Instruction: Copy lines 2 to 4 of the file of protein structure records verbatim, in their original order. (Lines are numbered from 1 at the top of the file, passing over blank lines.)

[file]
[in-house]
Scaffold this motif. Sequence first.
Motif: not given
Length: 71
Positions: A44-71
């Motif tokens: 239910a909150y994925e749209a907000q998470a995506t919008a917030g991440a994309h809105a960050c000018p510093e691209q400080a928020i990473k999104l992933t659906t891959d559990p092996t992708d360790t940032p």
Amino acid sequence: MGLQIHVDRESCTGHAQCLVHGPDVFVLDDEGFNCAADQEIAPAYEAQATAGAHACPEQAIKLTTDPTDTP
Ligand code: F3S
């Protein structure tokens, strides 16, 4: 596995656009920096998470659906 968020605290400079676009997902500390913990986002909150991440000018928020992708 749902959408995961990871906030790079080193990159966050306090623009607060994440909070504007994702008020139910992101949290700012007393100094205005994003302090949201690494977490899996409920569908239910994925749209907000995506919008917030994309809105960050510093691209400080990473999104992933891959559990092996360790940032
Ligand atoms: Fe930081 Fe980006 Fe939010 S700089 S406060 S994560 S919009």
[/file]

Scaffold this motif. Sequence first.
Motif: not given
Length: 71